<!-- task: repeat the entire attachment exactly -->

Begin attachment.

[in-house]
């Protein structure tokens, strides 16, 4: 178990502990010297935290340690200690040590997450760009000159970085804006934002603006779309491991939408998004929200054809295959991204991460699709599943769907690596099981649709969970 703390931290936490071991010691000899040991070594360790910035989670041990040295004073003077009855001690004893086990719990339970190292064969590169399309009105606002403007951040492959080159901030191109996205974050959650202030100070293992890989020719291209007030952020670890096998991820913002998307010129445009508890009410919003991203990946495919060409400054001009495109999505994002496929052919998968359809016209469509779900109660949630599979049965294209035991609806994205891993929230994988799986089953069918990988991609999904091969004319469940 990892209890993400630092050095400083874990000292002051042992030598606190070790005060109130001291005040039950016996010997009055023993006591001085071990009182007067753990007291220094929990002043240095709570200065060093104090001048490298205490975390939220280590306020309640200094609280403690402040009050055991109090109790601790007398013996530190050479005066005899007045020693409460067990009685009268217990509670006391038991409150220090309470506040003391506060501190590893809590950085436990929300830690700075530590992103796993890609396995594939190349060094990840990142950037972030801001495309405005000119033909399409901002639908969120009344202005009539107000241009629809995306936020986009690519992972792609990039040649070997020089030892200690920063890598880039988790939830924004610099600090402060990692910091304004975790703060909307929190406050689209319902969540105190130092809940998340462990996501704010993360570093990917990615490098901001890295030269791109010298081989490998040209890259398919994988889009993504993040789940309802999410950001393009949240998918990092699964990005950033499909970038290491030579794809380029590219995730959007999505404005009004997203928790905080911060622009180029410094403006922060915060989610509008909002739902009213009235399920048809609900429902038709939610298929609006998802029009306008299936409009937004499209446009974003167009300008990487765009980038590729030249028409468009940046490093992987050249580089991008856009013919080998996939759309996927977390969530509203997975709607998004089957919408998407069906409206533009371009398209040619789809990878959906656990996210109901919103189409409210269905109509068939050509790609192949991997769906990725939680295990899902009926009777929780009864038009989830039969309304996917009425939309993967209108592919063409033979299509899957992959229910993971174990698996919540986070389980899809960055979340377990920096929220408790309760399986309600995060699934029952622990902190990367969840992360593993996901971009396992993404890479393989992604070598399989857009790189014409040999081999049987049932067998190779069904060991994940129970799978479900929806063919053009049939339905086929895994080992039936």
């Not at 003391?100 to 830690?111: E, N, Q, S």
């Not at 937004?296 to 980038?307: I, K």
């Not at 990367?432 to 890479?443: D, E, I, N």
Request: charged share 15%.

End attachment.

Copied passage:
[in-house]
């Protein structure tokens, strides 16, 4: 178990502990010297935290340690200690040590997450760009000159970085804006934002603006779309491991939408998004929200054809295959991204991460699709599943769907690596099981649709969970 703390931290936490071991010691000899040991070594360790910035989670041990040295004073003077009855001690004893086990719990339970190292064969590169399309009105606002403007951040492959080159901030191109996205974050959650202030100070293992890989020719291209007030952020670890096998991820913002998307010129445009508890009410919003991203990946495919060409400054001009495109999505994002496929052919998968359809016209469509779900109660949630599979049965294209035991609806994205891993929230994988799986089953069918990988991609999904091969004319469940 990892209890993400630092050095400083874990000292002051042992030598606190070790005060109130001291005040039950016996010997009055023993006591001085071990009182007067753990007291220094929990002043240095709570200065060093104090001048490298205490975390939220280590306020309640200094609280403690402040009050055991109090109790601790007398013996530190050479005066005899007045020693409460067990009685009268217990509670006391038991409150220090309470506040003391506060501190590893809590950085436990929300830690700075530590992103796993890609396995594939190349060094990840990142950037972030801001495309405005000119033909399409901002639908969120009344202005009539107000241009629809995306936020986009690519992972792609990039040649070997020089030892200690920063890598880039988790939830924004610099600090402060990692910091304004975790703060909307929190406050689209319902969540105190130092809940998340462990996501704010993360570093990917990615490098901001890295030269791109010298081989490998040209890259398919994988889009993504993040789940309802999410950001393009949240998918990092699964990005950033499909970038290491030579794809380029590219995730959007999505404005009004997203928790905080911060622009180029410094403006922060915060989610509008909002739902009213009235399920048809609900429902038709939610298929609006998802029009306008299936409009937004499209446009974003167009300008990487765009980038590729030249028409468009940046490093992987050249580089991008856009013919080998996939759309996927977390969530509203997975709607998004089957919408998407069906409206533009371009398209040619789809990878959906656990996210109901919103189409409210269905109509068939050509790609192949991997769906990725939680295990899902009926009777929780009864038009989830039969309304996917009425939309993967209108592919063409033979299509899957992959229910993971174990698996919540986070389980899809960055979340377990920096929220408790309760399986309600995060699934029952622990902190990367969840992360593993996901971009396992993404890479393989992604070598399989857009790189014409040999081999049987049932067998190779069904060991994940129970799978479900929806063919053009049939339905086929895994080992039936």
């Not at 003391?100 to 830690?111: E, N, Q, S």
């Not at 937004?296 to 980038?307: I, K």
């Not at 990367?432 to 890479?443: D, E, I, N």
Request: charged share 15%.